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# Prepare draft outputs

This sub-process is where the data are transformed into statistical outputs. It includes the production of additional measurements such as indices, trends or seasonally adjusted series, as well as the recording of quality characteristics.

## Computation and evaluation of composite indices

A *composite index* is a mathematical combination (or aggregation as it is termed) of a set of indicators that represent the different dimensions of a phenomenon to be measured.

Constructing a composite index is a complex task. Its phases involve several alternatives and possibilities that affect the quality and reliability of the results. The main problems, in this approach, concern the choice of theoretical framework, the availability of the data, the selection of the more representative indicators and their treatment in order to compare and aggregate them.

In particular, we can summarize the procedure in the following main steps:

*Defining the phenomenon to be measured*. The definition of the concept should give a clear sense of what is being measured by the composite index. It should refer to a theoretical framework, linking various sub-groups and underlying indicators. Also the*model of measurement*must be defined, in order to specify the relationship between the phenomenon to be measured (concept) and its measures (individual indicators). If causality is from the concept to the indicators we have a*reflective model*– indicators are interchangeable and correlations between indicators are explained by the model; if causality is from the indicators to the concept we have a*formative model*– indicators are not interchangeable and correlations between indicators are not explained by the model.*Selecting a group of individual indicators*. The selection is generally based on theory, empirical analysis, pragmatism or intuitive appeal. Ideally, indicators should be selected according to their relevance, analytical soundness, timeliness, accessibility and so on. The selection step is the result of a trade-off between possible redundancies caused by overlapping information and the risk of losing information. However, the selection process also depends on the measurement model used: in a reflective model, all the individual indicators must be intercorrelated; whereas in a formative model they can show negative or zero correlations.*Normalizing the individual indicators*. This step aims to make the indicators comparable. Normalization is required before any data aggregation as the indicators in a data set often have different measurement units. Therefore, it is necessary to bring the indicators to the same standard, by transforming them into pure, dimensionless, numbers. Another motivation for the normalization is the fact that some indicators may be positively correlated with the phenomenon to be measured (positive*polarity*), whereas others may be negatively correlated with it (negative*polarity*). We want to normalize the indicators so that an increase in the normalized indicators corresponds to increase in the composite index. There are various methods of normalization, such as*re-scaling*(or Min-Max),*standardization*(or*z*-scores) and ‘distance’ from a reference (or*index numbers*).*Aggregating the normalized indicators*. It is the combination of all the components to form one or more composite indices (mathematical functions). This step requires the definition of the importance of each individual indicator (weighting system) and the identification of the technique (*compensatory*or*non-compensatory*) for summarizing the individual indicator values into a single number. Different aggregation methods can be used, such as*additive methods*(compensatory approach) or*multiplicative methods*and*unbalance-adjusted functions*(non-compensatory or partially compensatory approach).*Validating the composite index*. Validation step aims to assess the robustness of the composite index, in terms of capacity to produce correct and stable measure, and its discriminant capacity (*Influence Analysis*and*Robustness Analysis*).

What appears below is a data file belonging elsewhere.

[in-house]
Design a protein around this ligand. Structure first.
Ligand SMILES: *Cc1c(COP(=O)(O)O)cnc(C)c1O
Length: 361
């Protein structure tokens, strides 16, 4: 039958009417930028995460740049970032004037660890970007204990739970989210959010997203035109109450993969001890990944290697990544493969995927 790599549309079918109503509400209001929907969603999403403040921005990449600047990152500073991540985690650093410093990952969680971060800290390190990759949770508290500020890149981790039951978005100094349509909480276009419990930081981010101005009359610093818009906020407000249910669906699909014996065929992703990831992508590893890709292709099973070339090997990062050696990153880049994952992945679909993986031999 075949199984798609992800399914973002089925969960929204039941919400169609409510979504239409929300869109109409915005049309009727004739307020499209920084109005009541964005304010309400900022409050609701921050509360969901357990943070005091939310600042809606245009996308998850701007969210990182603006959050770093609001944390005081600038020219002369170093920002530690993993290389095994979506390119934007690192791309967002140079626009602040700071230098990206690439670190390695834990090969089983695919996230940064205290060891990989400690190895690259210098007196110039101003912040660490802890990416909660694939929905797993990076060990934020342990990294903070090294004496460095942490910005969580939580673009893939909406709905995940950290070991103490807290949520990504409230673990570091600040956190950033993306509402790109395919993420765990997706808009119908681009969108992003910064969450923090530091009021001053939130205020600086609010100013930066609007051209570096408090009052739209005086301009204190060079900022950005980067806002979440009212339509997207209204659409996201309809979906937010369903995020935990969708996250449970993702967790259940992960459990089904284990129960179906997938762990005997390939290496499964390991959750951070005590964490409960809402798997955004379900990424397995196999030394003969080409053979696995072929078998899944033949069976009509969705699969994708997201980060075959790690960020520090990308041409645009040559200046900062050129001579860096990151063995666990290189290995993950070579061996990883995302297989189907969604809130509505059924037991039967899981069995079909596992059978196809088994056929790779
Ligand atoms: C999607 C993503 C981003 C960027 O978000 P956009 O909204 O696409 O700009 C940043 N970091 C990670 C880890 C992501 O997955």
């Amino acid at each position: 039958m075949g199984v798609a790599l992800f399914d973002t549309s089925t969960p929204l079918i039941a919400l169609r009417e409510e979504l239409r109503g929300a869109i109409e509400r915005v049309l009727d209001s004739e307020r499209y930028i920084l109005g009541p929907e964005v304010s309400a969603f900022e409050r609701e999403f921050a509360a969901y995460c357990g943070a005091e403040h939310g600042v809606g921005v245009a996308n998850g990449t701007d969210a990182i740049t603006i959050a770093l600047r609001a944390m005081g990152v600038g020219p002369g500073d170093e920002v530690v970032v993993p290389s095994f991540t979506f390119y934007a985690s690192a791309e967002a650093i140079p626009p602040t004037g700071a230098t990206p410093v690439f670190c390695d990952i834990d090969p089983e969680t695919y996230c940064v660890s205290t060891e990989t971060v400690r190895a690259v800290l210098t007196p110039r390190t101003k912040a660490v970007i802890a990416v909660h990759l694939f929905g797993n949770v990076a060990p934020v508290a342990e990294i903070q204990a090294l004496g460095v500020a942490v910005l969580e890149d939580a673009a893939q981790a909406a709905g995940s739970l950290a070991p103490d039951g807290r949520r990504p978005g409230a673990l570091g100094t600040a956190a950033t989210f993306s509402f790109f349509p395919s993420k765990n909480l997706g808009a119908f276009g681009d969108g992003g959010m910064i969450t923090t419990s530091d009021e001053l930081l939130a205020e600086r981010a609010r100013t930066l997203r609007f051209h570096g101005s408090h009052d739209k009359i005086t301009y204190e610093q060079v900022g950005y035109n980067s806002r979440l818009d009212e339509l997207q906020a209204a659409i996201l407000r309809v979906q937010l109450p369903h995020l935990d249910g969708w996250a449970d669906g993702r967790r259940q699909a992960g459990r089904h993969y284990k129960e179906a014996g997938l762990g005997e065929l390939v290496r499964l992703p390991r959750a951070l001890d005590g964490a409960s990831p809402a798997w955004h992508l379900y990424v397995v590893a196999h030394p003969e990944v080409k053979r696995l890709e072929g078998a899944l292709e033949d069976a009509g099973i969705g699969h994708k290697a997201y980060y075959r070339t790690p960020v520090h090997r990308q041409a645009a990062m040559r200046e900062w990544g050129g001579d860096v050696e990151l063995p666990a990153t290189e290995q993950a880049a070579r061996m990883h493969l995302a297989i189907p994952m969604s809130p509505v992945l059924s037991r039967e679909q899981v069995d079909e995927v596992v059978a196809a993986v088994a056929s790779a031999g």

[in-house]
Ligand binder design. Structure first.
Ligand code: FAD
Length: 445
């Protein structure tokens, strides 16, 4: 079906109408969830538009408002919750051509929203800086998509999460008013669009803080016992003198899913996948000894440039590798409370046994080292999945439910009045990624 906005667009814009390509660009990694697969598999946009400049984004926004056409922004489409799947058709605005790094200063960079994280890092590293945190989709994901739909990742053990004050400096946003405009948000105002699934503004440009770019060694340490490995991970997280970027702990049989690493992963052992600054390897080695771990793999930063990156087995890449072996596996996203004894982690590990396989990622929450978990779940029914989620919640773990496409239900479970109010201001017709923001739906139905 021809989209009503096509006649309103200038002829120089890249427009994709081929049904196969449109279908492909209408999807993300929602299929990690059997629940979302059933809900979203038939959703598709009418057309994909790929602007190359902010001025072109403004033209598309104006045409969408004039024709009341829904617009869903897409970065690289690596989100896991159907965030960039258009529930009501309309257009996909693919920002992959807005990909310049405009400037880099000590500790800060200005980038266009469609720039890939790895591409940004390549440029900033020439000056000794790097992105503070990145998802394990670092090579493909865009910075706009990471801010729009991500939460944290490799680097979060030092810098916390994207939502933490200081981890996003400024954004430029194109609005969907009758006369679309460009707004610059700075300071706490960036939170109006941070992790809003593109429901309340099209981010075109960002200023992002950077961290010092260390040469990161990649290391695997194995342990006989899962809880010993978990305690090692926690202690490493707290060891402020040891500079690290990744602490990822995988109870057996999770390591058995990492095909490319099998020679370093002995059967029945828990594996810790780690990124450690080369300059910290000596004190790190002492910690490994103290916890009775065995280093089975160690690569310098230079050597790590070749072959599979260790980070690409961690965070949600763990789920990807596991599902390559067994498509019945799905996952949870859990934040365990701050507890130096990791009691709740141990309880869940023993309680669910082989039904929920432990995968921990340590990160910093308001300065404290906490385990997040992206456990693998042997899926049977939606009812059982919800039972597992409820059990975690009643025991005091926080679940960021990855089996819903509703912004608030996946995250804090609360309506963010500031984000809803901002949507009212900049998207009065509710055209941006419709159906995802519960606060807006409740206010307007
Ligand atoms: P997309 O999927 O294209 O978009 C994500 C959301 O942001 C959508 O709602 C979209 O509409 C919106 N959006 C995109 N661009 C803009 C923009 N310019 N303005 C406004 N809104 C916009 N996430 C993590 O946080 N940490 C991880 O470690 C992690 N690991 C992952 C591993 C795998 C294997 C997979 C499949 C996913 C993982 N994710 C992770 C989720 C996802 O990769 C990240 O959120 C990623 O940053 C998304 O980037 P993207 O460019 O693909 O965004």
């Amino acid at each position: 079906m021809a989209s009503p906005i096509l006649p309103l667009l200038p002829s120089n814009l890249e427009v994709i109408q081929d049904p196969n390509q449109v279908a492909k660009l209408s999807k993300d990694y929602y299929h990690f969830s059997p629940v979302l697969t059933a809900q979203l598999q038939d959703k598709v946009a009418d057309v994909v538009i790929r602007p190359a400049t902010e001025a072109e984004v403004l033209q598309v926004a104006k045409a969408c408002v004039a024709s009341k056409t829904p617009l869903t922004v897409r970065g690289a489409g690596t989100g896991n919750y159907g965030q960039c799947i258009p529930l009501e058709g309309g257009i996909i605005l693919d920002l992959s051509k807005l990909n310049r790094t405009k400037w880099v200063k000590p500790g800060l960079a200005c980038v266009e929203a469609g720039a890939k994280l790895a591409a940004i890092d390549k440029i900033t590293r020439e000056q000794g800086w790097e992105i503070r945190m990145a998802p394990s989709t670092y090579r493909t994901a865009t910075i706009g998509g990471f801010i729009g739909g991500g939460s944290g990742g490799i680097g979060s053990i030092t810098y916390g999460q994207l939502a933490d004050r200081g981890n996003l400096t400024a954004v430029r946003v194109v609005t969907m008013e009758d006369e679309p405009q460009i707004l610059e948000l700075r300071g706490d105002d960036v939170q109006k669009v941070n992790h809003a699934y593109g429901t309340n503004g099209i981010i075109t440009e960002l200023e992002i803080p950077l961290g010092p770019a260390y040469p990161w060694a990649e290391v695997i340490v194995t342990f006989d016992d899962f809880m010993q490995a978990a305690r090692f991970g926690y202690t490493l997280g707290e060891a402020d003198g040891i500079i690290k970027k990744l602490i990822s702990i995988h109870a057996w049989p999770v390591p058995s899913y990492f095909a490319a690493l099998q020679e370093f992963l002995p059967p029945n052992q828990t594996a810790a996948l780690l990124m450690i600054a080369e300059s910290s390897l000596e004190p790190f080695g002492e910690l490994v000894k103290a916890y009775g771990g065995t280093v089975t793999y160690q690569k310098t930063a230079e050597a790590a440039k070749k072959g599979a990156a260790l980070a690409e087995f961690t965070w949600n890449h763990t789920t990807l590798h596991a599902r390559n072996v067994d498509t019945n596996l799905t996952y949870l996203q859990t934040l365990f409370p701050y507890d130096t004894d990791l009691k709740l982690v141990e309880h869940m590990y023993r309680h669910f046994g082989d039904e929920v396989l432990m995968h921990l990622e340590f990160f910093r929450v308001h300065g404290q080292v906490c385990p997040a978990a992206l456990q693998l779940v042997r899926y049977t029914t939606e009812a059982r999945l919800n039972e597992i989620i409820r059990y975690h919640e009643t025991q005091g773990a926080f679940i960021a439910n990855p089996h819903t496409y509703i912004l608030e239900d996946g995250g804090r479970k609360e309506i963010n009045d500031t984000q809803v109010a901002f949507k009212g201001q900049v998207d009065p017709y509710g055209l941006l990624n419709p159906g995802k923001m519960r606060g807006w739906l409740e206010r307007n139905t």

## Seasonal adjustment of time series

Seasonality can be defined as the systematic intra-year movement caused by various factors, e.g. weather changes, calendar, vacation or holidays and usually consists of periodic, repetitive and generally regular and predictable patterns in the level of a time series. Seasonality can be influenced also by production and consumption decisions made by economic agents taking into account several factors like endowments, their own expectations, as well as preferences and the production techniques available in the economy.

Differently, cyclic pattern presents non fixed rises and falls and its fluctuation length is usually not shorter than 2 years.